I spent Saturday afternoon in a darkened theater, surrounded by giggling college freshmen, watching a play about sexual assault. I was back at my alma mater, and not much had changed.
Correction: A few things had. When I was a freshman in 2006, Princeton’s orientation-week sex-ed program was called “Sex on a Saturday Night,” and upperclassmen sometimes attended just to heckle. In 2018, it had been renamed “The Way You Move” (still awkward but less salacious) and was a decidedly more solemn affair.
That said, the basic contours remained the same. Student actors dramatized a weekend night out, replete with budding romances and too much beer. There was “pregame” drinking, a goofy dance party and then, startlingly, an alcohol-enabled rape.
That harrowing scene was followed by a somber debriefing and an introduction to the college’s peer advisers for sexual health. Having sex with a blacked-out classmate was not okay, because she could not consent. An administrator took pains to define the term and to discuss the “gray area” between a clear yes and an absolute no — it was described as a contaminated space, where to engage in sexual activity was to assume varying amounts of risk.
This was where it began to strike me as odd, in a way it hadn’t back when I was one of the 18-year-olds in the audience. Something was missing from the conversation, which seemed awfully coldblooded. The discussion was all about consent, but it was only about consent. Consent is not a bad thing, of course — a profusion of sexual harassment cases has taught us that much — but consent isn’t enough.
Over the past year, the #MeToo movement has prompted a healthy reevaluation of our sexual mores. But as more-complicated cases come to light — a bad date with Aziz Ansari is harder to parse than Harvey Weinstein allegedly attacking women in hotel rooms — it has become increasingly clear that the rethinking is not complete. While we’re much better at calling out bad behavior, we haven’t come to an agreement on what’s good. Consent is the line we use to separate the acceptable from the unacceptable, but it’s thin and often detached from a real understanding of the human person. While consent is a helpful legal framework for risk avoidance, it too often allows us to bypass questions of respect, relationship and care. Is the worst thing about taking advantage of a drunken classmate really the fact that you didn’t get her to mouth “yes” first?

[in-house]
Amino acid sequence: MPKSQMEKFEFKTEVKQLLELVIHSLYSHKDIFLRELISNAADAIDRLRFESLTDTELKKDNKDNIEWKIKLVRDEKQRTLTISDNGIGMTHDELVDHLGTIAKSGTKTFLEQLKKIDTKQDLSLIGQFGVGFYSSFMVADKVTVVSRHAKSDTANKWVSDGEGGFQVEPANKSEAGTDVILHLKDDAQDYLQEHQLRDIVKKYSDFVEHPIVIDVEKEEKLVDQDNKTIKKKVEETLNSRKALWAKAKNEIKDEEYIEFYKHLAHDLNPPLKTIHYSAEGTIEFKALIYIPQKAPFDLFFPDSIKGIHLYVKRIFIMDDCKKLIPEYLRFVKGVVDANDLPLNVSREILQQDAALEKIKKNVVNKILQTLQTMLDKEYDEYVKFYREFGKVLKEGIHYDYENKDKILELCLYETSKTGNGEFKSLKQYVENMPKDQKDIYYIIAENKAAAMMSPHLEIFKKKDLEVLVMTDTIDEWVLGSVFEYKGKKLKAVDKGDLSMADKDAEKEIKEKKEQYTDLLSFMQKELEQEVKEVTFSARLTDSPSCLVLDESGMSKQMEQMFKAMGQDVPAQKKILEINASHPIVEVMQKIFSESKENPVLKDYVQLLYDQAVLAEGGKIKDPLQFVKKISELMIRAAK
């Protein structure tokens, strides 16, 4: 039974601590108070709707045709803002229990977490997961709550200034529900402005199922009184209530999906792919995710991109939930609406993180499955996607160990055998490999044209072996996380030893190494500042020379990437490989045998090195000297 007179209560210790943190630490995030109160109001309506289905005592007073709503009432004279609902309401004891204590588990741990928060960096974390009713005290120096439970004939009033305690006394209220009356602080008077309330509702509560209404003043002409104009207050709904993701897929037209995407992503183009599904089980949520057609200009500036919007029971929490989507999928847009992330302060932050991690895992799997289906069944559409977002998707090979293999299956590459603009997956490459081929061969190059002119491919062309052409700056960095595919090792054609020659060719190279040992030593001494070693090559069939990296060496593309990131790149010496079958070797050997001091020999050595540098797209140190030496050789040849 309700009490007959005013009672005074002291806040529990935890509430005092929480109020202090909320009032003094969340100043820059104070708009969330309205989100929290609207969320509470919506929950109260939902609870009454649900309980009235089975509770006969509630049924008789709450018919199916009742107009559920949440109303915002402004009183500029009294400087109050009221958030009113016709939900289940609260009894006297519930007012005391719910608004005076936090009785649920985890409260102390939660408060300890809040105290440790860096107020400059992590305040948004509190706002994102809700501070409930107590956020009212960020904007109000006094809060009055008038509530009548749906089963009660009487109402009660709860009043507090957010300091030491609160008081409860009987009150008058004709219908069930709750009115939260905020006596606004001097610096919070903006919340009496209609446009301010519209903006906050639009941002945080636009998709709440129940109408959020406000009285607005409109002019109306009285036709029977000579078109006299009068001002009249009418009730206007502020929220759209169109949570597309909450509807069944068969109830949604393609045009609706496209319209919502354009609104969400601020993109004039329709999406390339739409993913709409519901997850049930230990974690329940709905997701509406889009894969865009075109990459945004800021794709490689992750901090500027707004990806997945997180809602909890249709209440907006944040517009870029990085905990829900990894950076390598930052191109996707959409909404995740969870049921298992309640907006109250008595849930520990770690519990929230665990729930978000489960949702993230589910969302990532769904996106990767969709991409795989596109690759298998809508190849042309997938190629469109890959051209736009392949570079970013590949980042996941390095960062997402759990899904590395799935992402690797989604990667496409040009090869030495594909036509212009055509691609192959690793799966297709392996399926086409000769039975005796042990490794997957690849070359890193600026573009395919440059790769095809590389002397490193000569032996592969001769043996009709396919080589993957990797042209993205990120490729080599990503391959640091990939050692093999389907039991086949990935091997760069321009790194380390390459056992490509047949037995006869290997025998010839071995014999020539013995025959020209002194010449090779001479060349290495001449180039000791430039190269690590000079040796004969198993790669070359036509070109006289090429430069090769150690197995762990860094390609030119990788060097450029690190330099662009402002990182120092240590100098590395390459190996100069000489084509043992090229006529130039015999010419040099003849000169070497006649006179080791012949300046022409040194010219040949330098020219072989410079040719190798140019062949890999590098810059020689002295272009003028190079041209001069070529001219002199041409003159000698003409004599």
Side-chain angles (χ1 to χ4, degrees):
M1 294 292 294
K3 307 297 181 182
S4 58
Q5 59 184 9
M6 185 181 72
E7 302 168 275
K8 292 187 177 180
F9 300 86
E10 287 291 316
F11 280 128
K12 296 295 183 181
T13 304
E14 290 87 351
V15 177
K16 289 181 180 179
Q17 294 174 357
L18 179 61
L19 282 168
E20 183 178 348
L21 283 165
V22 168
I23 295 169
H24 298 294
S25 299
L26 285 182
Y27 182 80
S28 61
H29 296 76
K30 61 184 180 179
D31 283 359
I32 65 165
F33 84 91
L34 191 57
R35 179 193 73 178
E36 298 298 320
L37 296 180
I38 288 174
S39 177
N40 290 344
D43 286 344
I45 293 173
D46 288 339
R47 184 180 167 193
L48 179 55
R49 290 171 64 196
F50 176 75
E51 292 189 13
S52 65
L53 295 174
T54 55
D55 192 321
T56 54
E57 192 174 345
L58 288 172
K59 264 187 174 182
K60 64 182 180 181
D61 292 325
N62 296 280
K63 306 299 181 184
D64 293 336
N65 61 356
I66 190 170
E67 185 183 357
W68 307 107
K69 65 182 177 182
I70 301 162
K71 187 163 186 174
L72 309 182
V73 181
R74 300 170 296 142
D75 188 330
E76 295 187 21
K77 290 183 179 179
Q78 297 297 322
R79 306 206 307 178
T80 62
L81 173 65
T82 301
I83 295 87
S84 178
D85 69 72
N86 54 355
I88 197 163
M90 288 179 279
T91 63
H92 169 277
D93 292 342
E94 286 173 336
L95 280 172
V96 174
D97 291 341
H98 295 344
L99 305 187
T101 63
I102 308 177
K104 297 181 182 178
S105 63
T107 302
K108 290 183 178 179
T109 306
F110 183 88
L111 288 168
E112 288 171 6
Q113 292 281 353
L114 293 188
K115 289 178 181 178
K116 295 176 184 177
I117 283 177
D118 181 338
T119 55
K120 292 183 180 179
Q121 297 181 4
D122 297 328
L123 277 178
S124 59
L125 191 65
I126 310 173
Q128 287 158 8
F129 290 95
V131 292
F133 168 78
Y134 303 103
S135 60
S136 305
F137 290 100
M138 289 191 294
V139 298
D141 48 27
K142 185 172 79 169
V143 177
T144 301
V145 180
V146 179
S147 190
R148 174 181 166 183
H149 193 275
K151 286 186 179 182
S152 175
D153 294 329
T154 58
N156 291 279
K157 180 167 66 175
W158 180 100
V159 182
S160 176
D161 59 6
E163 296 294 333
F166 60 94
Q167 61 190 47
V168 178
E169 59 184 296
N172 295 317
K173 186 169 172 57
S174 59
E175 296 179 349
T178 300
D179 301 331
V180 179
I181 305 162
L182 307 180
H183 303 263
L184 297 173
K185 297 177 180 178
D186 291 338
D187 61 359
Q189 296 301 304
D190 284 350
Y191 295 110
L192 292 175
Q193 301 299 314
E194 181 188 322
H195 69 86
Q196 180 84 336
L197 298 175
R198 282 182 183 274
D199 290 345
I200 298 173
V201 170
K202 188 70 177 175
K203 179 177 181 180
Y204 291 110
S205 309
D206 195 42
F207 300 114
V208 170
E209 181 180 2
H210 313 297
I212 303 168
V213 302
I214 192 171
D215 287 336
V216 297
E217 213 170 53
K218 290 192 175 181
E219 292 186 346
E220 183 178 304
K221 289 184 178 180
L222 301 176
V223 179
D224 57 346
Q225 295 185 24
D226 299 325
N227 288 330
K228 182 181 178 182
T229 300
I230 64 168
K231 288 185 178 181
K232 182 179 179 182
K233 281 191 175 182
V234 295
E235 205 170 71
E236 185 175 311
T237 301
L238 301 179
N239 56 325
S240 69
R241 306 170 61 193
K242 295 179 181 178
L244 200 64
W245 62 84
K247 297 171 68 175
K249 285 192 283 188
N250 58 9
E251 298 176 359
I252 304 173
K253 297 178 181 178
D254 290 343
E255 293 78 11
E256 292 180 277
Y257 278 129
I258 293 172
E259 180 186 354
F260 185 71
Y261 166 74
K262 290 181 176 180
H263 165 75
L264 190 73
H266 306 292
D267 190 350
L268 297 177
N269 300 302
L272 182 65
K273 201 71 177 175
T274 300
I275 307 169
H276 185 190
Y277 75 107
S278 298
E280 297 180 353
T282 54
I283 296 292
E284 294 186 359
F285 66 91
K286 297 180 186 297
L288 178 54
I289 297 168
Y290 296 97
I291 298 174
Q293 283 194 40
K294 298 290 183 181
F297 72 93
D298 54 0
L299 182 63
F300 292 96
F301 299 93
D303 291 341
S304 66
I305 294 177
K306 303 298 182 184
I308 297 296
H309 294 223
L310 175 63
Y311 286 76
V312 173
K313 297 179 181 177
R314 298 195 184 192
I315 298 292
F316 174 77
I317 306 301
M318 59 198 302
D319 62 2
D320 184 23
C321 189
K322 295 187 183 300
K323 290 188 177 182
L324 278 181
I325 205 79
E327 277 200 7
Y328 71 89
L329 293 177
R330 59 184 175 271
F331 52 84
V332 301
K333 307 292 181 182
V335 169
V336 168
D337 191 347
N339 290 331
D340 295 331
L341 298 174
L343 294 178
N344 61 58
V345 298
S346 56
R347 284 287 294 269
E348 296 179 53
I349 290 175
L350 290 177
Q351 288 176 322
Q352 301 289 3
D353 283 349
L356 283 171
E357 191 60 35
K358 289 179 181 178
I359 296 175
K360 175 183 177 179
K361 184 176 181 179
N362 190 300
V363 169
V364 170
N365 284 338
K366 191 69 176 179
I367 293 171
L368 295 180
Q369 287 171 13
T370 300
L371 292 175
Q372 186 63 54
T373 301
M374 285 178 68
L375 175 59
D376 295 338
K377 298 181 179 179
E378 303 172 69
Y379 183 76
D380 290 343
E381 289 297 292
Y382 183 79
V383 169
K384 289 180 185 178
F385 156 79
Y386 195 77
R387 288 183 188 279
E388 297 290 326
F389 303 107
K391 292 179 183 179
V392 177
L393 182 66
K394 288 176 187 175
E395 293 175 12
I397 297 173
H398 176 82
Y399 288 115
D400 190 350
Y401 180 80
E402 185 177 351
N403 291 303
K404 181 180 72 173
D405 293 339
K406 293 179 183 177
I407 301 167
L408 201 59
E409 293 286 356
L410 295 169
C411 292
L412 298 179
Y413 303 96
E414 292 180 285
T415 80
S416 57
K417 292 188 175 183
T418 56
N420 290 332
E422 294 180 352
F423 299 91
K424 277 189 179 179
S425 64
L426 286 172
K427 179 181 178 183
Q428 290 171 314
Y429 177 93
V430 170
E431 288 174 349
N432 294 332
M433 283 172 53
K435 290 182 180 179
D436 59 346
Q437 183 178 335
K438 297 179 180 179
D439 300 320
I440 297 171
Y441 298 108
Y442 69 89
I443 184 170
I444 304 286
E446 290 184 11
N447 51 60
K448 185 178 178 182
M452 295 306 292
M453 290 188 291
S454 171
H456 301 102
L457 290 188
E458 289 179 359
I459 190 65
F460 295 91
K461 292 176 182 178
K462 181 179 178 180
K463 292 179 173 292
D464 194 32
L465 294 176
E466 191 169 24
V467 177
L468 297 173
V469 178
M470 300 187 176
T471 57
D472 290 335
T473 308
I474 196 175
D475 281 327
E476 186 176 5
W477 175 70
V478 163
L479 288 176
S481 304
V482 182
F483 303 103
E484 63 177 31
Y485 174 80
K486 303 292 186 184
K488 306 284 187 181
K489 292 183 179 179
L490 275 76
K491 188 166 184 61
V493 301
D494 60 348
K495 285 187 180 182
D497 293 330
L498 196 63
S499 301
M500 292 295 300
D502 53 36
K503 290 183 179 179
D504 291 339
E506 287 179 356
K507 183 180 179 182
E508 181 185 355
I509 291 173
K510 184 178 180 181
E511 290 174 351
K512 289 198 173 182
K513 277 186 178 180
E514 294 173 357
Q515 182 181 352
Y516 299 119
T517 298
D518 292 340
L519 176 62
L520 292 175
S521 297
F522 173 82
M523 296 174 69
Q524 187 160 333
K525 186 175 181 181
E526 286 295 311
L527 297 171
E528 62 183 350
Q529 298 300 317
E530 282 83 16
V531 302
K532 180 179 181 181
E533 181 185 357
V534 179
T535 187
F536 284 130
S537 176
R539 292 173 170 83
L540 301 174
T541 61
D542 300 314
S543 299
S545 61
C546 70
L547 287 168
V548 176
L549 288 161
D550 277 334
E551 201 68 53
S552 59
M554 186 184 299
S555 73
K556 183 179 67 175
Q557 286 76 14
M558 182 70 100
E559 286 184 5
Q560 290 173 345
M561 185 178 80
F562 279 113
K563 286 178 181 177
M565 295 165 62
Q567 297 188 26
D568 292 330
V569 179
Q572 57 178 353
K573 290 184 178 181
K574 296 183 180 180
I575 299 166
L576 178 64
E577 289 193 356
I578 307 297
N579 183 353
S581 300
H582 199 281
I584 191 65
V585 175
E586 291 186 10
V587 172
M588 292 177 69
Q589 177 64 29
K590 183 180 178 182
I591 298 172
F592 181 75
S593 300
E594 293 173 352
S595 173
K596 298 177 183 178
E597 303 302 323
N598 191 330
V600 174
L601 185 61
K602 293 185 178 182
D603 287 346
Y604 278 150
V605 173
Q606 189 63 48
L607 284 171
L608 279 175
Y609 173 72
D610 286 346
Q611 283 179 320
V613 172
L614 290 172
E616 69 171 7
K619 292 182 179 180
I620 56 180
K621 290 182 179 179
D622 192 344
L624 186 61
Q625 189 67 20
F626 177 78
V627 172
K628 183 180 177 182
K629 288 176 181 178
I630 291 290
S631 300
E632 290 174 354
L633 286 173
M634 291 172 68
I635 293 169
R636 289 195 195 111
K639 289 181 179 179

Even among the consent regime’s fiercest partisans, the realization that something is missing has been quietly gaining steam. Feminist writer Jaclyn Friedman, co-editor of the seminal “Yes Means Yes” anthology, recently wrote as much in Refinery29: “On the way to codification we’ve replaced some of the old rape myths with this new one: That consent is just a hurdle you have to clear in order to Get The Sex.”
She continues: Real consent “requires us to see our sex partners — whether they be anonymous hookups or life partners — not simply as instrumental to our own pleasure but as co-equal collaborators, equally human and important, equally harmable, equally free and equally sovereign.” It’s not enough to just note that there is a “gray area” that requires risk avoidance, independent from any ethical concerns.
After the presentation ended and the freshmen filed out, I stopped backstage to talk to the student actors. Had the play seemed like enough, in their opinion? Wasn’t it a little incomplete?
“Yeah,” one, a junior, agreed. “The logic is sort of Cartesian.” (Oh, college!) “Do this, not that. Don’t break the rules. But given the time constraints . . . ” She shrugged.
She was right, of course. A one-hour play, even combined with a well-intended administrative extrapolation, can’t impart a full understanding of human dignity. Moral consciousness is built over a span of years, maybe decades. Empathy and intimacy have to be learned. And developing true humanity — the ability to view relationships as shared rather than transactional, to see others as deserving of respect and goodwill — is the work of a lifetime.
No doubt the creators of these college skits now realize that they’re a backstop at best and know they don’t deliver a holistic sexual education or moral sensibility.
Because college is too late. One would hope parents and primary schools are doing their part, long before they release their subjects out into the world. And maybe, too, in dorm rooms or philosophy seminars, questions of ethics and empathy will be discussed in more detail by the students themselves. That might be the task for this next generation of sex-havers — to develop a sexual ethic that is not just a set of rules but also truly respects the human person.
In the meantime, my advice to the Class of 2022 is simple, though in practice I know it’s going to take some work: Yes, get consent. But try to be human as well.